ASCEND:BLO Network Summit
June 19, 2019 | 8:30am – 5:30pm | Location TBA
Save the Date
We are excited to announce that the first annual ASCEND:BLO Network Summit will be held on Wednesday, June 19, from 8:30am to 5:30pm. The Summit will be a first-of-its-kind opportunity for representatives of the over 250 Black-Led Organizations (BLOs) across six Bay Area counties (Alameda, Contra Costa, Marin, San Francisco, San Mateo and Santa Clara) to come together on Juneteenth around the theme of “Breaking Barriers – Building Bonds.”
This opportunity to network with peers is something that BLOs do not want to miss: learn from and be inspired by dynamic speakers and facilitators, and connect with funders committed to supporting the sustainability and sense of community of Bay Area BLOs. Registration will be complementary for BLOs and the Summit is being designed with guidance from a diverse Planning Committee.
For more information Byron Johnson at email@example.com
In partnership with the San Francisco Foundation and the Women Donors Network, on May 20th, EBCF had the privilege of hosting the Donors of Color Network event, entitled “Diversity in Philanthropy: Understanding, Engaging, and Networking the High Net Worth Donor of Color.”
If you missed this engaging and informative event, we encourage you to watch the pre-recorded stream on the EBCF Facebook page. Don’t forget to like and follow us for more streamed events like this one in the future.
Thank you to all who joined us for a fantastic evening of learning, engaging, and networking. We look forward to sharing our space with you for future events. To learn more about EBCF’s work with the Donors of Color Network, contact Sachi Yoshii at firstname.lastname@example.org.
ASCEND:BLO Network Event
May 17, 2019 | 1:30pm – 3:30pm | Mountain View
BLO Network events are a key component of the ASCEND:BLO initiative, providing peer networking, learning, and community building to all BLOs in the Bay Area. On May 17, 2019, BLO Network event took place at the Silicon Valley Community Foundation, with the goal of supporting BLOs from Santa Clara and San Mateo Counties in building relationships and collaborations through connections with one another, as well as with funders. It is imperative that BLOs from these regions are seen and heard to begin to help close the philanthropic gap. The event also helped identify key capacity building needs for these BLOs to inform future events.
Approximately 30 BLOs from the Santa Clara and San Mateo counties were in attendance and were encouraged to bring two attendees each. The program kicked-off with entertainment, followed by a welcome address and opening remarks. Byron Johnson, Capacity Building Initiative Officer for ASCEND:BLO, provided an overview of the initiative. The event provided structured networking activities and real-time polls to gather feedback on capacity building needs and interests, and a drawing for pop-up grants. The event finished with closing remarks.
For more information about the ASCEND:BLO initiative, contact Byron Johnson at email@example.com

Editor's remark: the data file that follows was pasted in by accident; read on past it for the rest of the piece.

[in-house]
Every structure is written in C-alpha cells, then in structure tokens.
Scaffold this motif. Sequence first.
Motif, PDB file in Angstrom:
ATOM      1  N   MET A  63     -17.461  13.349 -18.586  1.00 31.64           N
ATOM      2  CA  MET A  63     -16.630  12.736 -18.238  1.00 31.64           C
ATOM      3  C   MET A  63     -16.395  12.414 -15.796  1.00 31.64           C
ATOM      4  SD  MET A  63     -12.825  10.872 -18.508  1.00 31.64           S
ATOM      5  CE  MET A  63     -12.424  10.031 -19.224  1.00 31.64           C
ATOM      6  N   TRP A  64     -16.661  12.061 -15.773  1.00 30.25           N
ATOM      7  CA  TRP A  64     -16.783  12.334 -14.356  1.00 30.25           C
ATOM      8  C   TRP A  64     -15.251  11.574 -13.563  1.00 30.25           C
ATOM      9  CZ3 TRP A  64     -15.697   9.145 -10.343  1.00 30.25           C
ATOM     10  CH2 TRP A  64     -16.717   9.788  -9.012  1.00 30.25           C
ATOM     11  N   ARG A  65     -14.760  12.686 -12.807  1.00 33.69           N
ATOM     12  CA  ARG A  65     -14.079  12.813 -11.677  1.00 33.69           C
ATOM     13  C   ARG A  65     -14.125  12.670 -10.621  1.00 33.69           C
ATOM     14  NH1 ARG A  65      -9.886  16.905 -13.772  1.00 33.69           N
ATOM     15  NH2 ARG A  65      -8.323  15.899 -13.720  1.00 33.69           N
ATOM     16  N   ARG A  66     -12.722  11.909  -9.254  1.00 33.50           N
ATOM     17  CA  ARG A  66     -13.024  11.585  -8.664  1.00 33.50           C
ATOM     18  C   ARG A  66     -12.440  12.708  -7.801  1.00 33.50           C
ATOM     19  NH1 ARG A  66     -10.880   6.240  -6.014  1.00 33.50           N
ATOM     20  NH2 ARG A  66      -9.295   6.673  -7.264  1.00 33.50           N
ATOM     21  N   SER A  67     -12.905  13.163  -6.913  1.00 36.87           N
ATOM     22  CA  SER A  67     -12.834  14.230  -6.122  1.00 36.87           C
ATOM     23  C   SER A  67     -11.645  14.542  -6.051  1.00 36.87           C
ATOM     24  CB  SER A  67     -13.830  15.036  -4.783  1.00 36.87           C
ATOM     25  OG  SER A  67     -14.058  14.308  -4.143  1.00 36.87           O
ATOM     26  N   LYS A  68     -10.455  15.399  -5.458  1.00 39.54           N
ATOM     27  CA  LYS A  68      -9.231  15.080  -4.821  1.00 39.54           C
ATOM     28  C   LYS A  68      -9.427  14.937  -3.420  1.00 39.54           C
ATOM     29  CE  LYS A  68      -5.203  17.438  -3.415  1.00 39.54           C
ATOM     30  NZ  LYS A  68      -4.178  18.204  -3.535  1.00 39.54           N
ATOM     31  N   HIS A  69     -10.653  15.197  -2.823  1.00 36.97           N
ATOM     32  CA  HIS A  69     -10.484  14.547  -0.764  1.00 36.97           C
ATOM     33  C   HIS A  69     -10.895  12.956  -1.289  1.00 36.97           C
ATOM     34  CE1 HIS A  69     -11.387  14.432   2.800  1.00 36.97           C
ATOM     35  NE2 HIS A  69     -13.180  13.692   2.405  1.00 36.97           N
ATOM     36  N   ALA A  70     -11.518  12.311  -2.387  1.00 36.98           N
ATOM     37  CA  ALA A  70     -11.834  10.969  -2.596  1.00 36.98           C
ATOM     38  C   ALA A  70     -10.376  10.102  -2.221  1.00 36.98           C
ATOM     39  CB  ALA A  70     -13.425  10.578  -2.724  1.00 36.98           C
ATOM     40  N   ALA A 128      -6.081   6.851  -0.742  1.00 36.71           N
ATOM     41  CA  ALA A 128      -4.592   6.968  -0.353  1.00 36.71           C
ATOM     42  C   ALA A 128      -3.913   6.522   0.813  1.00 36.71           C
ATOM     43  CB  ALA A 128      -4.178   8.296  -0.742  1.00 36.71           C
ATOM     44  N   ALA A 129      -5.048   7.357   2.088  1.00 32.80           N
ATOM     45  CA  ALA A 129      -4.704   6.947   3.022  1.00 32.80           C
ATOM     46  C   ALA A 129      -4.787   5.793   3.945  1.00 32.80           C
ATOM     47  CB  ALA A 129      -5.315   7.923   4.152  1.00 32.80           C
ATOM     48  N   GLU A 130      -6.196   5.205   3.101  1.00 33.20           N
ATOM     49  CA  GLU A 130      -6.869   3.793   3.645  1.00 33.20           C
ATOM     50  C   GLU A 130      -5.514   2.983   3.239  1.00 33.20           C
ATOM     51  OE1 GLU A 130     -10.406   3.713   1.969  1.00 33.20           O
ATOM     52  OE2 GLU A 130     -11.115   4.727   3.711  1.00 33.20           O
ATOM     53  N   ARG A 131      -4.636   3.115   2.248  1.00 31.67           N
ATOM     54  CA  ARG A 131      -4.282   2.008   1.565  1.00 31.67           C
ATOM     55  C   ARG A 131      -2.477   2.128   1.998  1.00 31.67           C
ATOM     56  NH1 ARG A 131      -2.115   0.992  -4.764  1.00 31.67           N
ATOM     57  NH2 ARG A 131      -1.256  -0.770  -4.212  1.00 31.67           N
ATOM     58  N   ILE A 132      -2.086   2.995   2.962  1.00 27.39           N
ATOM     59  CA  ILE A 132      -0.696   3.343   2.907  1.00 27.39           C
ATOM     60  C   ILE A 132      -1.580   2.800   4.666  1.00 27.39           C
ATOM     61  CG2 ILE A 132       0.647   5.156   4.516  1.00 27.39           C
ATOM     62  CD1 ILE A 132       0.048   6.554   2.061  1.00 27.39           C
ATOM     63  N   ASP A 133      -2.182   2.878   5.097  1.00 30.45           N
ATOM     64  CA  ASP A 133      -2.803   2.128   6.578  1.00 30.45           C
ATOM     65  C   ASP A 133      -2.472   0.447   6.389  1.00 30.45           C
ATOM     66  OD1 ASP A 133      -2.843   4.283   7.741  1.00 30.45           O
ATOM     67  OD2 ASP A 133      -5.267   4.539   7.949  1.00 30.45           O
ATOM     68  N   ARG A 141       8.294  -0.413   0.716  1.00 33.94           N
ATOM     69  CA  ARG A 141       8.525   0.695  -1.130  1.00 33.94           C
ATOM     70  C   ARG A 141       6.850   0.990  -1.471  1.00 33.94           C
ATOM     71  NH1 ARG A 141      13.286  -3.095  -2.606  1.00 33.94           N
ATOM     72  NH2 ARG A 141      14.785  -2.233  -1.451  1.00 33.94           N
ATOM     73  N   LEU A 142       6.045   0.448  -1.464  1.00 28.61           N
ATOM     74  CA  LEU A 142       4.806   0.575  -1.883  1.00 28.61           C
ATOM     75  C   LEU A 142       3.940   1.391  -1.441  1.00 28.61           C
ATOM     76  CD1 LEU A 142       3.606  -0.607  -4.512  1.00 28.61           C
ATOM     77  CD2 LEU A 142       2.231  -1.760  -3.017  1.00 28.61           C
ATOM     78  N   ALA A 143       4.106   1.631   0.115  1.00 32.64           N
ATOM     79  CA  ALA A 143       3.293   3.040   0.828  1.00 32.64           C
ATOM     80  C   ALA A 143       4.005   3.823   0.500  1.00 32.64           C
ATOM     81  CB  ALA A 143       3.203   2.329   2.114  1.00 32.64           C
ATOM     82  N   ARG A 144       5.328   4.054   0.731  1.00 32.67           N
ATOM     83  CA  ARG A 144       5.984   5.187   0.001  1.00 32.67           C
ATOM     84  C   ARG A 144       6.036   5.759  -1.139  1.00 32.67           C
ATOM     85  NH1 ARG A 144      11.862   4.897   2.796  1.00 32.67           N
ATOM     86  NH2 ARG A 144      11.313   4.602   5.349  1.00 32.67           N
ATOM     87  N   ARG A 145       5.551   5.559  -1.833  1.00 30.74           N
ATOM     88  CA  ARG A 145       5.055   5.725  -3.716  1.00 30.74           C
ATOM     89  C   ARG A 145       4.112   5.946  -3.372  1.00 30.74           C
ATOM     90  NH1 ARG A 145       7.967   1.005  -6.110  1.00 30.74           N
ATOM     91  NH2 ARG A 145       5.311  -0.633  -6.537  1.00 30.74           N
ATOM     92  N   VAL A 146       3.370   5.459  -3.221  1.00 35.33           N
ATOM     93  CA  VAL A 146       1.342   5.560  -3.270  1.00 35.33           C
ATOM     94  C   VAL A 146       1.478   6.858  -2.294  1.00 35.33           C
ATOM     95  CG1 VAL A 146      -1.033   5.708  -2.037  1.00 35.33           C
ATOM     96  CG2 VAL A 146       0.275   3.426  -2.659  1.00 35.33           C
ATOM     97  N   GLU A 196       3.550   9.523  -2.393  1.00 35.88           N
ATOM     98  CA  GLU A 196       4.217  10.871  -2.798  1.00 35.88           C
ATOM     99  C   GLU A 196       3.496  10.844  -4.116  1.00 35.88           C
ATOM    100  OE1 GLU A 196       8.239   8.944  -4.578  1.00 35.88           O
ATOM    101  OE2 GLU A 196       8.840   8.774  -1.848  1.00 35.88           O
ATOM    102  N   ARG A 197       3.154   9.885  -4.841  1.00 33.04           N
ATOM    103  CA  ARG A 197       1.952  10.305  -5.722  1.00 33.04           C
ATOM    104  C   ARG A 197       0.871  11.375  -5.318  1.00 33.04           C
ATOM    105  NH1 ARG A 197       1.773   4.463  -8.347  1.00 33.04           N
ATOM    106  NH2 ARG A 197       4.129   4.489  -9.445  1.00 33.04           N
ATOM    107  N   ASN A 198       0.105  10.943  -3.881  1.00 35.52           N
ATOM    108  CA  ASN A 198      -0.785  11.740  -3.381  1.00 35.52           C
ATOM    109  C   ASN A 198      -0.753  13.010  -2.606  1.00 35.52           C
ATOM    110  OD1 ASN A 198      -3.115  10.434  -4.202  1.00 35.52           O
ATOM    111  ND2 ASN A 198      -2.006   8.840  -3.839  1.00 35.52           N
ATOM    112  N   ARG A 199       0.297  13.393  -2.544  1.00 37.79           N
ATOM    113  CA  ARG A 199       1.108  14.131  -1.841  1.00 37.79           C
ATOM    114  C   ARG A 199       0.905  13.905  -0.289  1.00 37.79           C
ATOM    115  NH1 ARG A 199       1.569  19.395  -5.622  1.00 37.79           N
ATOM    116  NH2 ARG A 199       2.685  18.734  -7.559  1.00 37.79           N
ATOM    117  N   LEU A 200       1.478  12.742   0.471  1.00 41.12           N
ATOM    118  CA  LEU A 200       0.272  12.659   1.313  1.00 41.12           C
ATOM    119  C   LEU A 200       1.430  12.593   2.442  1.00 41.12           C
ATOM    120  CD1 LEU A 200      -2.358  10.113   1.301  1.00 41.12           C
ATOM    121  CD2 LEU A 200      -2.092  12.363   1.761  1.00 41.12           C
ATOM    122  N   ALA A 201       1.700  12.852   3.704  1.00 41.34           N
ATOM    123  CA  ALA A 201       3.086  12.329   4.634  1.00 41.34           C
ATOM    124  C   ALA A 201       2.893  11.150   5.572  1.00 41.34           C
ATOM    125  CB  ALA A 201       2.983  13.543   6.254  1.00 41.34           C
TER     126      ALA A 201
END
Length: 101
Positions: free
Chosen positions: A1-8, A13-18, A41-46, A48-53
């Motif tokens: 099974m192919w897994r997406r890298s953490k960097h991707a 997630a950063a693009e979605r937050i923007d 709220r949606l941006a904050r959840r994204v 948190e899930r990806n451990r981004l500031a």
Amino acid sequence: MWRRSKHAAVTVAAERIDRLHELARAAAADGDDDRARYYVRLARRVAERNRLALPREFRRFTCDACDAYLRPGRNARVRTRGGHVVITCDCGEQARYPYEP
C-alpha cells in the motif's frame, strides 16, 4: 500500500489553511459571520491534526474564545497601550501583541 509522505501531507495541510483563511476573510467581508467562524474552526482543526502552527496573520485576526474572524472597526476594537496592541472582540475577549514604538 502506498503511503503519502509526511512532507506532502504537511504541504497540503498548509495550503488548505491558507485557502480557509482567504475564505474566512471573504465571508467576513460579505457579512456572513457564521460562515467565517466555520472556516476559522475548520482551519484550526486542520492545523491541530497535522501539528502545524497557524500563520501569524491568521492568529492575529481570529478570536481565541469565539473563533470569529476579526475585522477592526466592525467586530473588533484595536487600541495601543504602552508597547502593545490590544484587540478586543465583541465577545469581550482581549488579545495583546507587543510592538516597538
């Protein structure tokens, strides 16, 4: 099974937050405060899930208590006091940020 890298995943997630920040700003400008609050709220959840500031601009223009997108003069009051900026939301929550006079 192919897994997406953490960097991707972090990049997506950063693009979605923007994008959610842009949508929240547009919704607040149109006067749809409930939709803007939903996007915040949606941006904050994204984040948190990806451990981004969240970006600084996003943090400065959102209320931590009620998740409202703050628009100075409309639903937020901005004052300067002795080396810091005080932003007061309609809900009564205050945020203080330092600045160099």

On April 24th, 2019, members of EBCF’s professional advisor network were invited to attend a behind-the-scenes tour of two new installations at The Oakland Museum of California. Members of the OMCA exhibition development team took attendees on a tour of the Black Power and Taking Native Lands and Lives installations.
Black Power: In response to the widely-popular 2016 special exhibition, All Power to the People: Black Panthers at 50, this new installation in the Gallery of California History at the Oakland Museum of California illustrates the creative ways Black anti-racist activists in California supported their communities and challenged the U.S. government. Focusing on the example of the Black Panther Party, Black Power brings to light the tensions between a culturally and socially progressive California and examples of economic racism and oppression in the state.
Taking Native Lands and Lives: A new display in the Gallery of California History explores the history of violence and genocide against Native peoples in California. Between 1848 and 1870, the Native population plunged from roughly 150,000 to 30,000. Greed for land and a deep-rooted racism led to brutal violence that was sponsored by the state government and carried out by its residents. Learn about this history in the early era of statehood and the legacy that continues to affect California today.
On April 4th, 2019, the East Bay Community Foundation and the Race, Gender, and Human Rights Fund were extremely pleased to hold the first session of a 3-part education series designed for donors to learn about the criminal justice system’s particular impact on women and families. A local panel of dedicated advocates shared their work to advance systemic solutions and explore how strategic philanthropy can address the destructive consequences of mass incarceration: poverty, homelessness, intergenerational trauma, and separated families… Read More
We were honored to host Lenny Mendonca and Margaret Hanlon-Gradie on March 13, 2019 at Lesher Center for the Arts in Walnut Creek. We hope that all who attended were as inspired as we were by the thought-provoking conversation on both the statewide and local economies… Read More